The development of the plantation system
The Europeans settled in the Caribbean and on mainland America. The Spanish settled Jamaica, Cuba and Hispaniola, amongst other islands. In 1607 the English established a colony on the east coast of America, named Virginia. In 1623 and 1625, they settled the islands of St Kitts and Barbados in the Caribbean. In 1655 the British took the island of Jamaica from the Spanish. Admiral Sir William Penn, from Bristol, led the British naval attack that captured the island.
The original idea behind the settlement of the islands was to give land to small European farmers who would grow a variety of crops for export to Europe. At first the farmers grew tobacco and cotton. Sugar soon started to replace these two as the main crop. It was possible to make a good profit from sugar. But sugar needed a large amount of land and an investment in machinery to process the crop. So the small farmers were pushed out as farms were bought up to make large plantations for growing sugar.
Tobacco and cotton could be grown by a farmer with help from a few farm workers. The local peoples had been all but wiped out by the first European settlers. So farm workers were brought from Europe. On the British islands, these workers were indentured servants and convicted prisoners. Indentured servants were men and women who agreed to work for a given number of years for a fixed wage, their board and lodging and the cost of their journey out to the islands. Convicted prisoners could be transported to the plantations for a fixed term, instead of being hung or jailed in Britain.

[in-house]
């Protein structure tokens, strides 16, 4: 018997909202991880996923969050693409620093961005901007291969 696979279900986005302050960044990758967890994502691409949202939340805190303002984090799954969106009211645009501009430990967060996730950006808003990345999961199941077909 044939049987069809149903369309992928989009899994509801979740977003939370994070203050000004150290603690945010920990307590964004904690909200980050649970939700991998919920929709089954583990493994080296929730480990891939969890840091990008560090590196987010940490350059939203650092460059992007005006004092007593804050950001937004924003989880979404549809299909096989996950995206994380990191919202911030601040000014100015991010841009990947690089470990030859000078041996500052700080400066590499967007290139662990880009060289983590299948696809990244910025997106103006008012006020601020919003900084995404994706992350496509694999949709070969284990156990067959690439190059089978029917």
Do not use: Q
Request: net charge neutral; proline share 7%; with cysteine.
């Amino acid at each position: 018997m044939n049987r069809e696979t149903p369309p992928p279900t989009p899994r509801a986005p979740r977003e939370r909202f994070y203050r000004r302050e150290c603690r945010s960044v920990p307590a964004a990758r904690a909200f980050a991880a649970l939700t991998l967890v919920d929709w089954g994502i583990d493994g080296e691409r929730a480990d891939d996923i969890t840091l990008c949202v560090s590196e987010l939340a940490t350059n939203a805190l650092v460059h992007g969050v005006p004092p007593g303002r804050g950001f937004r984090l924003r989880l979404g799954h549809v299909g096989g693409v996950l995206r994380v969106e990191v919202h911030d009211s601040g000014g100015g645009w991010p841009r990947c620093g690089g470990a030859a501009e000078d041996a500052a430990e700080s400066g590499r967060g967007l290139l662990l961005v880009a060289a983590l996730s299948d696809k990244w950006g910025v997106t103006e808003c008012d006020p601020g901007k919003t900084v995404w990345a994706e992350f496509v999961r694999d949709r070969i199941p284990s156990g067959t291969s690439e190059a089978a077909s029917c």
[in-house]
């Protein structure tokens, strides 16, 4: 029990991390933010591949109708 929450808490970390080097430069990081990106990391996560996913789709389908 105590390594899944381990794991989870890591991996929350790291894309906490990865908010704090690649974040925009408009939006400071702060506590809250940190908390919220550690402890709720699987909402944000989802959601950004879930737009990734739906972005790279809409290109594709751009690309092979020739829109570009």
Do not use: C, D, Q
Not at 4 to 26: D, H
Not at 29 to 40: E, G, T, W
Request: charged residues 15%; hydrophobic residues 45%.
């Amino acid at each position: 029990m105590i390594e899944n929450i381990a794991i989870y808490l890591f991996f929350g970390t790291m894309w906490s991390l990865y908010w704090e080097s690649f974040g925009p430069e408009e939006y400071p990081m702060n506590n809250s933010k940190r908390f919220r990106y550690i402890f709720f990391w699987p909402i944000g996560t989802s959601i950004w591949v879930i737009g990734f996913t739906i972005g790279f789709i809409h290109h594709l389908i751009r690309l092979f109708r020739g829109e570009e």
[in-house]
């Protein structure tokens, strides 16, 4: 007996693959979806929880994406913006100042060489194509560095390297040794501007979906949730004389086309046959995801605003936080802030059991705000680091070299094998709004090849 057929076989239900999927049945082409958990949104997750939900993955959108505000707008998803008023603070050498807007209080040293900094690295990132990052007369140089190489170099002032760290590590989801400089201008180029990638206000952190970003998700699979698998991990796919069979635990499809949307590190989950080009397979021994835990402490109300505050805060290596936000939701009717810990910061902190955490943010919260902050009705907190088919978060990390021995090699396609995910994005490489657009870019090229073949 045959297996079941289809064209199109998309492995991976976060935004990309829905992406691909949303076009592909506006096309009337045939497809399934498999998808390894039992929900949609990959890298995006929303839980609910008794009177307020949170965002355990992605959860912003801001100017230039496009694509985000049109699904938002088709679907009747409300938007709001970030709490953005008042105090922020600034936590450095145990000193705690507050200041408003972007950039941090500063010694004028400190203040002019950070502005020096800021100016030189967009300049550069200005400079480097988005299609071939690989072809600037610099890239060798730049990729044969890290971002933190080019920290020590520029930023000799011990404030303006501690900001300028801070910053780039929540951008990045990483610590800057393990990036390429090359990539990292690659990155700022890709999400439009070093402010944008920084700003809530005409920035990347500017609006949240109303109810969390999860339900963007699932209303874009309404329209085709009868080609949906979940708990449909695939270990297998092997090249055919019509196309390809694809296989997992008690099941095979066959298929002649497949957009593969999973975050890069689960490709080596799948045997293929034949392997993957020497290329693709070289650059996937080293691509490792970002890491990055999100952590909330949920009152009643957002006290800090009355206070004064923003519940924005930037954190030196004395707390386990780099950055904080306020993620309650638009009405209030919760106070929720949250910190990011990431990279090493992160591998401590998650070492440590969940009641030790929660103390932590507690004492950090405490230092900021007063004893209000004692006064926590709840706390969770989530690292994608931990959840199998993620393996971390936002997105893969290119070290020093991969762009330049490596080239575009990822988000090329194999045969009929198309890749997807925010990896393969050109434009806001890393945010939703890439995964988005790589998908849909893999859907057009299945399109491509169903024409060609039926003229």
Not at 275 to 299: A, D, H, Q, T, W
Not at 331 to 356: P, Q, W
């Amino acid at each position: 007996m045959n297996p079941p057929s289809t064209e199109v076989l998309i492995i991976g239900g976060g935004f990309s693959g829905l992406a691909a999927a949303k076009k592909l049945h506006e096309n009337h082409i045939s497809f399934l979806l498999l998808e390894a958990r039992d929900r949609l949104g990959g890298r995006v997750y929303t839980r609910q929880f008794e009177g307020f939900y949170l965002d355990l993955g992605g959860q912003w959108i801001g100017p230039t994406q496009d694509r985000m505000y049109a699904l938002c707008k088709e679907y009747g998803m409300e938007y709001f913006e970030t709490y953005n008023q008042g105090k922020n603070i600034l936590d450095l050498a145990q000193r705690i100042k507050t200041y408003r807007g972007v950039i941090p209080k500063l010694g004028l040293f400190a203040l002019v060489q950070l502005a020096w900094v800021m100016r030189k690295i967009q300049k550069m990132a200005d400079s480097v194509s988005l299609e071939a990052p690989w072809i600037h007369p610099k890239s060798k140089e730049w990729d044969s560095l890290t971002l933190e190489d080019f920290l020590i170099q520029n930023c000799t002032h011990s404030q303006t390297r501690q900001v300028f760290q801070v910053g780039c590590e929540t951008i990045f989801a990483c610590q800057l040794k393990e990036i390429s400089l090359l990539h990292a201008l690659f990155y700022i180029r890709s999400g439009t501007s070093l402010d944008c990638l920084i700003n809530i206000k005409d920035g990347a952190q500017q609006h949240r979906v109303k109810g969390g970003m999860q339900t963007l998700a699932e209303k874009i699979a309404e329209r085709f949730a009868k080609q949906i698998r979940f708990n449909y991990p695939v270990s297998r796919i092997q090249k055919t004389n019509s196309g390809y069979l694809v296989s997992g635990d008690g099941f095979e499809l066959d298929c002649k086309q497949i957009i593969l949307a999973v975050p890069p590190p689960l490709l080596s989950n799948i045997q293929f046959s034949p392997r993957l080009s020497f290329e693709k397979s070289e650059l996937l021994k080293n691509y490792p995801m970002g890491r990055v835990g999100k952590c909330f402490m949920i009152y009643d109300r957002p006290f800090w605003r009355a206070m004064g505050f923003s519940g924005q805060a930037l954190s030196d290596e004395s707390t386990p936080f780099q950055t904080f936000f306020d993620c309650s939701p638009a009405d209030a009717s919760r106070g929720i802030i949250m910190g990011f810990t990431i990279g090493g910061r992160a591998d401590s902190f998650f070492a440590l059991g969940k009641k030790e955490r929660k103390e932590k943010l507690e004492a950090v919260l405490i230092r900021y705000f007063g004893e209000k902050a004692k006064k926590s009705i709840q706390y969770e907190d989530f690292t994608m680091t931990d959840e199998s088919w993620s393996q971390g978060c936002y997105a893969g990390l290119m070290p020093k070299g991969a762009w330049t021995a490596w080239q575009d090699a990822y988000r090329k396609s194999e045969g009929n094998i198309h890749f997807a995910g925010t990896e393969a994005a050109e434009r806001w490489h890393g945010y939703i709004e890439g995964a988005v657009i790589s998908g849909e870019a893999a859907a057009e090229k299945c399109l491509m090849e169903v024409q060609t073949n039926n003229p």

This system did not supply enough workers as the tobacco farms became sugar plantations. Sugar needed a large number of workers. The Portuguese had been using enslaved Africans to grow sugar in the Madeira Islands (in the north Atlantic Ocean) since about 1460. Africa was closer to the Caribbean than Europe was. The African climate was similar to that of the Caribbean. Many African peoples were farmers. Europeans argued that the so-called ‘uncivilised’ African was hardly human. This sort of thinking allowed the inhumanity of slavery to be dismissed. They thought that if the slaves were not human, then they could not be treated inhumanely. Therefore, Africa seemed the obvious place to go for labour for the sugar plantations. As John Pinney, a plantation owner on the Caribbean island of Nevis, wrote in a letter of the 1760s: “I was shock’d at the first appearance of human flesh for sale. But surely God ordain’d ‘em for the use and benefit of us: otherwise his Divine Will would have been made manifest by some particular sign or token.”
The transatlantic slave trade began in earnest. Before this, small numbers of Africans had been kidnapped or bought by Europeans and taken to Europe or to European-owned islands. But as the growth of the sugar plantations took off, and the demand for labour grew, the numbers of enslaved Africans transported to the Caribbean islands and to mainland North and South America increased hugely.
On the Caribbean island of Barbados, in 1643, there were 18,600 white farmers, their families and servants. There were 6,400 African slaves. By 1724 these numbers had changed dramatically. There were 18,300 whites, and 55,206 African slaves.